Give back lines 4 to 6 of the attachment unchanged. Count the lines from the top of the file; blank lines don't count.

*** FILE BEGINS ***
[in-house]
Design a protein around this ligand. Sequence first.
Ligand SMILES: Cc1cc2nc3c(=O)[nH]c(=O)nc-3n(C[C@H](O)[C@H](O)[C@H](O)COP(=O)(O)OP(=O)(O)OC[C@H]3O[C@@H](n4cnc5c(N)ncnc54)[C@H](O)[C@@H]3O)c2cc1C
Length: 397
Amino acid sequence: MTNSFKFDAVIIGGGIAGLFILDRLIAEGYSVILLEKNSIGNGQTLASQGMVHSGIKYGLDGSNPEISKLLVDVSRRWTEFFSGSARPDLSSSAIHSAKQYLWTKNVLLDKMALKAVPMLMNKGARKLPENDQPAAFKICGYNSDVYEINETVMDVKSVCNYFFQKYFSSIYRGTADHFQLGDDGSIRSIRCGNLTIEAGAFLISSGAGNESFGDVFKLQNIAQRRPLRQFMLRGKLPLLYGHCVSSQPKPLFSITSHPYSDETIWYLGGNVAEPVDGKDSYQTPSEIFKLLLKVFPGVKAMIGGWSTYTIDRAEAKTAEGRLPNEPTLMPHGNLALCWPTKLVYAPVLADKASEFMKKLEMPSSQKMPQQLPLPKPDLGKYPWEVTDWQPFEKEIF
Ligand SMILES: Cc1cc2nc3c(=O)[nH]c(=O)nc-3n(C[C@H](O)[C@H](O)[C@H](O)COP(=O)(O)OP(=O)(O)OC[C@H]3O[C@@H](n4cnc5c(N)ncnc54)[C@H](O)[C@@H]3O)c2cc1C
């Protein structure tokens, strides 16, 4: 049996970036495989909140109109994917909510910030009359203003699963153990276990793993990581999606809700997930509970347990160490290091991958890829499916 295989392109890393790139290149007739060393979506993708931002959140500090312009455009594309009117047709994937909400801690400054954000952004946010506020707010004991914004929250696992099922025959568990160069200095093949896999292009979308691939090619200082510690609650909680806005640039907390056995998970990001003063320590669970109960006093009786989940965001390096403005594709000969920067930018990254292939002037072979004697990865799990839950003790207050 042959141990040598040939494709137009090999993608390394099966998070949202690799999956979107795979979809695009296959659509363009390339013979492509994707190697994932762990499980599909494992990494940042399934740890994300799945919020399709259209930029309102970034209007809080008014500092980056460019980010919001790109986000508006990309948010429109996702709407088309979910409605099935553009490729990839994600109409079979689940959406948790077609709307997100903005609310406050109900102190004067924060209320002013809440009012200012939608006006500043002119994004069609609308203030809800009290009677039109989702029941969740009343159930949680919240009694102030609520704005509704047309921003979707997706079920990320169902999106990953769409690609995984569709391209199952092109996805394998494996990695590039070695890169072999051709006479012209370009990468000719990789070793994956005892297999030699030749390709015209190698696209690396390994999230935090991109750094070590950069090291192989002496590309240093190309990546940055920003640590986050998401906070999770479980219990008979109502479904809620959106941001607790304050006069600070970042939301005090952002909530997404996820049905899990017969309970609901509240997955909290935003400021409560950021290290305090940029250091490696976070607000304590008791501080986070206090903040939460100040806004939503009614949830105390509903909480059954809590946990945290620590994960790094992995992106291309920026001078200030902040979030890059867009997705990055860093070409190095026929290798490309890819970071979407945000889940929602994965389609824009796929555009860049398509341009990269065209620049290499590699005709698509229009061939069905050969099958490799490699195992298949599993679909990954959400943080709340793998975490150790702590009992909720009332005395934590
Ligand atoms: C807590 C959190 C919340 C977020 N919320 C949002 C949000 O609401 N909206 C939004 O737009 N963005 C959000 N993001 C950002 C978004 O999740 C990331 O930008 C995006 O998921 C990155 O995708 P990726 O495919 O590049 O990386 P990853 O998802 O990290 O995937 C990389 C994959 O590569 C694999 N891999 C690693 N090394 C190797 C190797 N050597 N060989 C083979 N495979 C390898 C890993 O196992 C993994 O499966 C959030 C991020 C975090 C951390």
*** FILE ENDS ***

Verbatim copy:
Length: 397
Amino acid sequence: MTNSFKFDAVIIGGGIAGLFILDRLIAEGYSVILLEKNSIGNGQTLASQGMVHSGIKYGLDGSNPEISKLLVDVSRRWTEFFSGSARPDLSSSAIHSAKQYLWTKNVLLDKMALKAVPMLMNKGARKLPENDQPAAFKICGYNSDVYEINETVMDVKSVCNYFFQKYFSSIYRGTADHFQLGDDGSIRSIRCGNLTIEAGAFLISSGAGNESFGDVFKLQNIAQRRPLRQFMLRGKLPLLYGHCVSSQPKPLFSITSHPYSDETIWYLGGNVAEPVDGKDSYQTPSEIFKLLLKVFPGVKAMIGGWSTYTIDRAEAKTAEGRLPNEPTLMPHGNLALCWPTKLVYAPVLADKASEFMKKLEMPSSQKMPQQLPLPKPDLGKYPWEVTDWQPFEKEIF
Ligand SMILES: Cc1cc2nc3c(=O)[nH]c(=O)nc-3n(C[C@H](O)[C@H](O)[C@H](O)COP(=O)(O)OP(=O)(O)OC[C@H]3O[C@@H](n4cnc5c(N)ncnc54)[C@H](O)[C@@H]3O)c2cc1C